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GENIUS! #23: Peter Neubäcker and Melodyne Direct Note Access

"The question that interested me above all at the time was what a 'sound' actually is and how one can shape it"

Munich-based Celemony was founded in late 2000 and soon became a familiar name in the DAW-based studio environment through its popular pitch correction software, Melodyne. Then the company’s founder Peter Neubäcker introduced DNA (Direct Note Access) to the package, and suddenly users could grab individual notes of audio in polyphonic arrangements and shift them around as if using a MIDI editor. And it’s all down to some wrongly recorded percussion…

How did you get started?
I have always been interested in studying the mathematical relationships in music. At first, I used paper, a pencil and a pocket calculator. Then, in the mid ’80s, I realised that a computer would be the ideal tool to help me with my research, so I taught myself to program. At the beginning of the ’90s, I switched to a NeXT computer with the integrated DSP, audio processing also then became possible. [NeXT was a shortlived business created by Steve Jobs when he first left Apple.] The question that interested me above all at the time was what a “sound” actually is and how one can shape it. I developed a process for handling sound independently of its pitch and evolution over time.

Even before Direct Note Access, Melodyne was gaining traction as one of the preferred pitch correction tools. Was polyphony always a goal?
At the start, Melodyne was not conceived as a correction tool at all; my idea was rather that you could use existing audio material to compose freely with; that in the process of composition you could position sounds freely in terms of time, duration and pitch. But Melodyne then came to be perceived by users as above all a correction tool.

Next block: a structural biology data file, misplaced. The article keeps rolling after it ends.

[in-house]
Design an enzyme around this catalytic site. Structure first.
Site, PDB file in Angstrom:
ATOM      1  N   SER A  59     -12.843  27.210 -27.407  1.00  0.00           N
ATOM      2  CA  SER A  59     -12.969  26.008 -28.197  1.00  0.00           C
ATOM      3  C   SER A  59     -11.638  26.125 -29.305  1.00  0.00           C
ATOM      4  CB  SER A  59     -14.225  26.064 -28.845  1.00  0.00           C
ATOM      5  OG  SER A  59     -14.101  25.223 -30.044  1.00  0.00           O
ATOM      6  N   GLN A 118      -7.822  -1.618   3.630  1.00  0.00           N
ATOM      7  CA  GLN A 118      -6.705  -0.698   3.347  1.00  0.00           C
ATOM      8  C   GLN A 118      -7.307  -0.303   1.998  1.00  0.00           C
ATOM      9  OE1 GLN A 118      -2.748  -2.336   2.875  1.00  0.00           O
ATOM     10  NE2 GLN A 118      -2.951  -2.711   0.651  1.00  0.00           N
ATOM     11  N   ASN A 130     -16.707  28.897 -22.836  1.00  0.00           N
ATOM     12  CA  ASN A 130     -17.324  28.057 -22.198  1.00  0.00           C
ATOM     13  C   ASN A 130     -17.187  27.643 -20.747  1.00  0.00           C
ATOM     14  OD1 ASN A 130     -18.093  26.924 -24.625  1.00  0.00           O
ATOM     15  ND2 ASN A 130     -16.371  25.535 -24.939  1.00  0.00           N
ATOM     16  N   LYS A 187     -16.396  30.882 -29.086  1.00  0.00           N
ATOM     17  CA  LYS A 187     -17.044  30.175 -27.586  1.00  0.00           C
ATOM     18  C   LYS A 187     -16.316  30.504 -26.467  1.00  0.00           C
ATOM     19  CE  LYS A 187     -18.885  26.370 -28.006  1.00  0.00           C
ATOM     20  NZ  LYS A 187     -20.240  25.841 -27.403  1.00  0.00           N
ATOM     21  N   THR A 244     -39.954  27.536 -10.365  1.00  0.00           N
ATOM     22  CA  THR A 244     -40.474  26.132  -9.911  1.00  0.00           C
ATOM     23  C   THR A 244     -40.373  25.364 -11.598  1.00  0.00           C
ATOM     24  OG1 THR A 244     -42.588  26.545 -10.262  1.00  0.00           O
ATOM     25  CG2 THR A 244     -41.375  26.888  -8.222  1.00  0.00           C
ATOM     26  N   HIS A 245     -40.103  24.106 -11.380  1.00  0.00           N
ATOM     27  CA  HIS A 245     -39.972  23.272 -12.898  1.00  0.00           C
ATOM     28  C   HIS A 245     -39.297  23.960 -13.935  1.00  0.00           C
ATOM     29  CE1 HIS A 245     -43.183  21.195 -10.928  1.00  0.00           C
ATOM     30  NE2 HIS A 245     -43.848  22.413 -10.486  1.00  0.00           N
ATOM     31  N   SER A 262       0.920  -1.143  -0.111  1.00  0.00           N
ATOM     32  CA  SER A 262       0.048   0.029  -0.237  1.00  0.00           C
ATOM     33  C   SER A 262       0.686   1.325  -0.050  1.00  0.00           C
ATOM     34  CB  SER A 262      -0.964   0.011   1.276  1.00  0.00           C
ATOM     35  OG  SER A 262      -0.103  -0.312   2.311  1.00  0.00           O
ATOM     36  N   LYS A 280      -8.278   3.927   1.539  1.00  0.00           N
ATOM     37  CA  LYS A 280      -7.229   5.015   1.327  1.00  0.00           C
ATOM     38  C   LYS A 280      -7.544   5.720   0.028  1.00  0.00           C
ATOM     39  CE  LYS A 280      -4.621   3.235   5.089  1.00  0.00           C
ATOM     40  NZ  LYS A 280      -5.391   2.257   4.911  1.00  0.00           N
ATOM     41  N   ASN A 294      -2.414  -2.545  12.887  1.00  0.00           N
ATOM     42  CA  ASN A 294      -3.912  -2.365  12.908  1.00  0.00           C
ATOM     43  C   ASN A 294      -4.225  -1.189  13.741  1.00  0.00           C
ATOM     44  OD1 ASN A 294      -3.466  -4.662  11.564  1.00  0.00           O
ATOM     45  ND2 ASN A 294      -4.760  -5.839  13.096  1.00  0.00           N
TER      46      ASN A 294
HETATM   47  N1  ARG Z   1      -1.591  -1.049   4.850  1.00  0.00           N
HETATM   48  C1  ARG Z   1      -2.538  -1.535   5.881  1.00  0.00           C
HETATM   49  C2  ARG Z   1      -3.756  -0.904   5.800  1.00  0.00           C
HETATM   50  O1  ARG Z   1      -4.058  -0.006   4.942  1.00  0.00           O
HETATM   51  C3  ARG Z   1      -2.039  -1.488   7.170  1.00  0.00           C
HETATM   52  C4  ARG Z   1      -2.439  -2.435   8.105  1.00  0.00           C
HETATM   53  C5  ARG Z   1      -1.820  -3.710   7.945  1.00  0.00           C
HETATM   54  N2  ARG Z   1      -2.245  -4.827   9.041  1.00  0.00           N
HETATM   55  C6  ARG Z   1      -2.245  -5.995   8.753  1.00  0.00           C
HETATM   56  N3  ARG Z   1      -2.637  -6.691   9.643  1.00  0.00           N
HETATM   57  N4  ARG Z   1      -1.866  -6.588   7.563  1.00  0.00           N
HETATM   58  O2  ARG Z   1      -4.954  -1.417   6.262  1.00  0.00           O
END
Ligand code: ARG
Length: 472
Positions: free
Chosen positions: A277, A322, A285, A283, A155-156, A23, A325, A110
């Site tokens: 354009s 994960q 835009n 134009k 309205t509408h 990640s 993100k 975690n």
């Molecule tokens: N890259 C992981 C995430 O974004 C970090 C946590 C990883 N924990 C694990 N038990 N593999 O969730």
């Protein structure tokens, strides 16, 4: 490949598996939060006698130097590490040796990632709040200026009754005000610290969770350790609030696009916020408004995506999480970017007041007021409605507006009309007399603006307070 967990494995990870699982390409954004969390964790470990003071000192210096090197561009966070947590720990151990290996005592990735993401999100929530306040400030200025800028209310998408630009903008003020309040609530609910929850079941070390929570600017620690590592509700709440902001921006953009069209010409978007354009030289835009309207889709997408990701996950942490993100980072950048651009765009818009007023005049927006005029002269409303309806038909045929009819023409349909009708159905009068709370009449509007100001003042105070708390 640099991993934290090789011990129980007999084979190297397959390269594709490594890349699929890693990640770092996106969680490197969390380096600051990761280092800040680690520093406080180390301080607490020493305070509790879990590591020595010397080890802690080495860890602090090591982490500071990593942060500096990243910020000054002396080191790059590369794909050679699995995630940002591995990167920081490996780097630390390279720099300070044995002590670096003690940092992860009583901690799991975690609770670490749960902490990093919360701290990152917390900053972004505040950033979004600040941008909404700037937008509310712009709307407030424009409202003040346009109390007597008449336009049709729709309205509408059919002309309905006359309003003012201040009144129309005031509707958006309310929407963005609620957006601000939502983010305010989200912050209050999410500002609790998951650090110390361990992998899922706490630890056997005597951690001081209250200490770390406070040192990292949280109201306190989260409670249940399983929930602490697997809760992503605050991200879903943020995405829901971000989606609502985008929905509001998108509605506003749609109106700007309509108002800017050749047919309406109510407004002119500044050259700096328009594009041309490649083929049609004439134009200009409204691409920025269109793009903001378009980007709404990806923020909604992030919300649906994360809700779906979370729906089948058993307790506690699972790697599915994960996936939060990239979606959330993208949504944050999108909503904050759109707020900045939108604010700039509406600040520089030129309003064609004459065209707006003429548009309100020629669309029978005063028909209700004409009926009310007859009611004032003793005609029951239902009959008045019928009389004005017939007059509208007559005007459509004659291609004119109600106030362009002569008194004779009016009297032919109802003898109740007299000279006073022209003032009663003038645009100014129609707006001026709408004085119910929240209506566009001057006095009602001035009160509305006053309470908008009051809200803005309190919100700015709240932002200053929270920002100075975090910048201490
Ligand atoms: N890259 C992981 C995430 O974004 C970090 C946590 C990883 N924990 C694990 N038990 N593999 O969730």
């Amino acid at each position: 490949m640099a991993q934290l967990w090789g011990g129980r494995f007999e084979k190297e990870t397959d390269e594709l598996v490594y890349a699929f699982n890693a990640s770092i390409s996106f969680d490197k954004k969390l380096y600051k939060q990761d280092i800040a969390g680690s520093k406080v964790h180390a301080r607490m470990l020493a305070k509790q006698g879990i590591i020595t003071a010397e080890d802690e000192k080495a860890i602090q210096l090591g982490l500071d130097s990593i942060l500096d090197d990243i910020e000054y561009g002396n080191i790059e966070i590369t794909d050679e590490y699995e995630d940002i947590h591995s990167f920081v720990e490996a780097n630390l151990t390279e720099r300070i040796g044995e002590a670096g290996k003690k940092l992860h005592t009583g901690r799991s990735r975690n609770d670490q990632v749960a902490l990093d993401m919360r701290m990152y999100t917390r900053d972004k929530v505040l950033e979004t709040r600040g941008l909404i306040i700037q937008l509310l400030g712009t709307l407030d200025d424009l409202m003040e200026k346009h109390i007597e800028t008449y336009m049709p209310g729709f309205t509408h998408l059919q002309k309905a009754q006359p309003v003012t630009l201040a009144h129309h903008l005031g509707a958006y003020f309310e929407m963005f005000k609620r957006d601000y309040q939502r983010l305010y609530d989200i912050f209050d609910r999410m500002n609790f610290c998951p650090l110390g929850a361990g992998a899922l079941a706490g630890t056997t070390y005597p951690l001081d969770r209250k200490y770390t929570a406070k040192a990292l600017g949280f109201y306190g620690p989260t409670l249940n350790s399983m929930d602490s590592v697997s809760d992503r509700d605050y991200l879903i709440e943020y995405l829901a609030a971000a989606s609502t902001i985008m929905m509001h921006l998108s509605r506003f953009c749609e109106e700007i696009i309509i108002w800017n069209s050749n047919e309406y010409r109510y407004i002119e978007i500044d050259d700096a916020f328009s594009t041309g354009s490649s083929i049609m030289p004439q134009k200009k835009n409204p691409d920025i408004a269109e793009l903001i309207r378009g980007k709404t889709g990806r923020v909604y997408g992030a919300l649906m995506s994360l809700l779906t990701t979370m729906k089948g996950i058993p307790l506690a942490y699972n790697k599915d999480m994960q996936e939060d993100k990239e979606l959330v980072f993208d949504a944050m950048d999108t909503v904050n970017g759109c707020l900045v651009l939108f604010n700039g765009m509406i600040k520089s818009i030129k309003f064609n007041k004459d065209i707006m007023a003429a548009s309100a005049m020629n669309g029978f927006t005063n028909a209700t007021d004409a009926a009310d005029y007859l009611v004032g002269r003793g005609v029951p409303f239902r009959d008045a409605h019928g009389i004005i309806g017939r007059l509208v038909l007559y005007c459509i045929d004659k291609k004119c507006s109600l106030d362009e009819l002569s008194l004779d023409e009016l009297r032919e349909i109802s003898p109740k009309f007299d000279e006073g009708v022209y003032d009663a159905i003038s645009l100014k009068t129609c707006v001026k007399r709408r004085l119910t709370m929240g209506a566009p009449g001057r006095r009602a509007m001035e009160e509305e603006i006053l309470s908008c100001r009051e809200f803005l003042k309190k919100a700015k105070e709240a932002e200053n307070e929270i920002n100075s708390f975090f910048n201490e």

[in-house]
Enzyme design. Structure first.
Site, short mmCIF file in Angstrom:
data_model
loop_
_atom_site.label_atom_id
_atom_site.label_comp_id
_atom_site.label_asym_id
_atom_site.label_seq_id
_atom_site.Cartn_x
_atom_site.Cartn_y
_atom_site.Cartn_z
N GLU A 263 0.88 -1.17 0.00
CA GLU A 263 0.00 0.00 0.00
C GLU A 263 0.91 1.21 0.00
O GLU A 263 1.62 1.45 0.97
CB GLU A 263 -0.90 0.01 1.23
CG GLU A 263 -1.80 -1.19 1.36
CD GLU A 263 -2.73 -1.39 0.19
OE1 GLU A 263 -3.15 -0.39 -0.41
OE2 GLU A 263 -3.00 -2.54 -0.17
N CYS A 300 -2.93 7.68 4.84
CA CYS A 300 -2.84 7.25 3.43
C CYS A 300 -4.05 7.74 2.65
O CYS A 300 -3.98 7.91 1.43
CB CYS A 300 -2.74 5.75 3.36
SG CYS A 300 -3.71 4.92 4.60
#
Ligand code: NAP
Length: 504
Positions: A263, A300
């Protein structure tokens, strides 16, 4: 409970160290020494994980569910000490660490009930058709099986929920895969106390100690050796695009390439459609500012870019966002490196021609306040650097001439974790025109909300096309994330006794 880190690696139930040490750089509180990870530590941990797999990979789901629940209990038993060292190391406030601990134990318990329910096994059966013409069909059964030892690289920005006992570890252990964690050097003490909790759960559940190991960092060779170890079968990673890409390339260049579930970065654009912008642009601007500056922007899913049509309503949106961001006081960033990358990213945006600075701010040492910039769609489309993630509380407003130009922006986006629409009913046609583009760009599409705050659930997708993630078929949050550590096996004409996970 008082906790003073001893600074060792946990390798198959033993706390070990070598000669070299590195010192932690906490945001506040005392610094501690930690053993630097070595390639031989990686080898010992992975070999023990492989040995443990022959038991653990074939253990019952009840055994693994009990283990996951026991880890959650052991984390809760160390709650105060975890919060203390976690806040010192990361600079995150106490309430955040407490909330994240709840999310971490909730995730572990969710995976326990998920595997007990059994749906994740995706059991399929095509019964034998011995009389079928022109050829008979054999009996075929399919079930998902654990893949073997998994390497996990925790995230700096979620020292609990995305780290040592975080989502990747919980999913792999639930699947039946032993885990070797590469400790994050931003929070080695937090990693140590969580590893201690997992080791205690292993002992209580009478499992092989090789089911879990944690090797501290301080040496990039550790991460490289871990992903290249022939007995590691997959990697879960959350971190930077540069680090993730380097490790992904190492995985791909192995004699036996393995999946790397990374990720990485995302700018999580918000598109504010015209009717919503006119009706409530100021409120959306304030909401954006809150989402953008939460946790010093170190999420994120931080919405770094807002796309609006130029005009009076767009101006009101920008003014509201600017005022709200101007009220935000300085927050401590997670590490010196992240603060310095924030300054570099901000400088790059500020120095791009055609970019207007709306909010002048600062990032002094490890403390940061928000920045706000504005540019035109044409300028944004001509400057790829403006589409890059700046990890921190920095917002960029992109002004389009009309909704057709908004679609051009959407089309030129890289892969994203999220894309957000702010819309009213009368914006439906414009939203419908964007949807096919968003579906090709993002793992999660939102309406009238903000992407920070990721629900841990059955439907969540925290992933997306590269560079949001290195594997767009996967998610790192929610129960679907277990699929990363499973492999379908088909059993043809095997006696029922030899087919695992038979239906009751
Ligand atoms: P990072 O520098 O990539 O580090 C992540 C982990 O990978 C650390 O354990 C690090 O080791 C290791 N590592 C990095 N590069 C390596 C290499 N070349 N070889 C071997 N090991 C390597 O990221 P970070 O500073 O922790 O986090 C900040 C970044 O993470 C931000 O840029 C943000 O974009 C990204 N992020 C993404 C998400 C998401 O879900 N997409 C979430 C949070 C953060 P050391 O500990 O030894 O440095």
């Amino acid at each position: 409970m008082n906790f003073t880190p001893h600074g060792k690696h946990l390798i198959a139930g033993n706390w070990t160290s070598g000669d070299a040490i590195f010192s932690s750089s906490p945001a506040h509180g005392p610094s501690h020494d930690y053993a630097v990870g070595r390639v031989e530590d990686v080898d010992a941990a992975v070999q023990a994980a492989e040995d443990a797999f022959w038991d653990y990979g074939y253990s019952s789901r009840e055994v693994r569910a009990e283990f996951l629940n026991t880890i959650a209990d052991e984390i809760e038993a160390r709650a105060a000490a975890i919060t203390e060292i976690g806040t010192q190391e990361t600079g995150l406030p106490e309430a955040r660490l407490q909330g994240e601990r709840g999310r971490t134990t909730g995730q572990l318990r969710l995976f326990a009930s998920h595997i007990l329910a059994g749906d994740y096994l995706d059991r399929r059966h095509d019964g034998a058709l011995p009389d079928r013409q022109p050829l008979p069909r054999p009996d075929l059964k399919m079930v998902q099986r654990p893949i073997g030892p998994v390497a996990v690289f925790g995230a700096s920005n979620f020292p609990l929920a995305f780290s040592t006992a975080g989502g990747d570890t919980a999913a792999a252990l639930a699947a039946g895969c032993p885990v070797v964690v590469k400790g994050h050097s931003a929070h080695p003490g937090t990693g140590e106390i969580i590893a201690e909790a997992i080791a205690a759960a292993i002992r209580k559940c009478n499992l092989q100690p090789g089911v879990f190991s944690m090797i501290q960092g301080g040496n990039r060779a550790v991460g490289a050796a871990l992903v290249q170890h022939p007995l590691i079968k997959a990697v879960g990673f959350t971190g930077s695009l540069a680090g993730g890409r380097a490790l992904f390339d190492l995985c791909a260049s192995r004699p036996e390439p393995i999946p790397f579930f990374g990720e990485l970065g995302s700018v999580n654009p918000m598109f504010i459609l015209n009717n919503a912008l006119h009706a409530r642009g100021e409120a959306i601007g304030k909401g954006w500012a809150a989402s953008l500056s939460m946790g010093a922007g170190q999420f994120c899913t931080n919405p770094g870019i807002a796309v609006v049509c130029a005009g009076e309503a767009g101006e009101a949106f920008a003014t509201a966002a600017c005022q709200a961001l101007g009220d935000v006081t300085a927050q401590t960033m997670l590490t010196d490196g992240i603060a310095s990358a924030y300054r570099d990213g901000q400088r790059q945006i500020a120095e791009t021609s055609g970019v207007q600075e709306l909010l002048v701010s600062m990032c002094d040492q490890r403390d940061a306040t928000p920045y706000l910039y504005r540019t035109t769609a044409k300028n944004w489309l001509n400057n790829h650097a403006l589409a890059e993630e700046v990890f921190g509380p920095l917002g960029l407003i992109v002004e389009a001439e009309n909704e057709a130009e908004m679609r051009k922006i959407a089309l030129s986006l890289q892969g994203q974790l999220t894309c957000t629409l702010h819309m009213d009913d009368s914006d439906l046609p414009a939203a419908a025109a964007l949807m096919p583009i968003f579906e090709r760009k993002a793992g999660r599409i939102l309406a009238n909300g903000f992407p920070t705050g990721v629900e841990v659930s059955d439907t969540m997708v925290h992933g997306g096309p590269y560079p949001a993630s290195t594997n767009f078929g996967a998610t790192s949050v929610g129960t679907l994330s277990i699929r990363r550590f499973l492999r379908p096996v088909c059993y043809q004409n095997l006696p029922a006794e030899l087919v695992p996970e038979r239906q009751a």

The editing of polyphonic material was, of course, always an implicit objective. There were no rational grounds for anyone saying “I only want to edit monophonic material”, but based on what I knew at the time I did not at first even consider it possible. Having said that, I had long reasoned that if we, as listeners, are capable of identifying the individual notes in polyphonic music, there must be indicators in there somewhere.

What led to the breakthrough that resulted in DNA?
One day a friend sent me a recording of a track with a marimba; the problem he had was that in the performer’s part one of the notes had been miscopied. Unfortunately the marimba had been hired for the session and was no longer available, so they were stuck with a wrong note in the recording. And because successive notes played on the marimba run into each other, it could not be rescued with the existing monophonic Melodyne. By this time, my thoughts on the subject of audio separation had advanced at least to the point where I could conceive of having a go at solving the problem. It often happens that I have ideas that go on fermenting for years without my writing anything down or doing any actual programming. Even though I had not yet written a line of code, once I began it all went very quickly: only a week later, I was able to send the user the marimba notes as individual audio files.

What are the next challenges you hope to tackle?
I spent the best part of last year developing a reliable tempo detection algorithm for freely recorded music. I think that is another import step forward in the way music is produced. Many musicians in the studio nowadays record to a click, but this is not something anyone would want to do on musical grounds. With our new tempo detection, a radically different workflow is possible: a musician or band can play the music freely in their own tempo when recording, and the tempo track with its beats and bars is later extracted automatically from the recorded material. This then makes it possible to copy notes from any one passage into another or synchronise a drum track to the recording later. This technology will be integrated into our next version of Melodyne.

Hail to the boffins! Genius! is all about celebrating those clever people whose inventions have transformed the world of professional audio. Mailed out with the February print edition of PSNEurope, the 36-page supplement is also available to read in handy digital-edition form. Read it online, or download as a PDF, at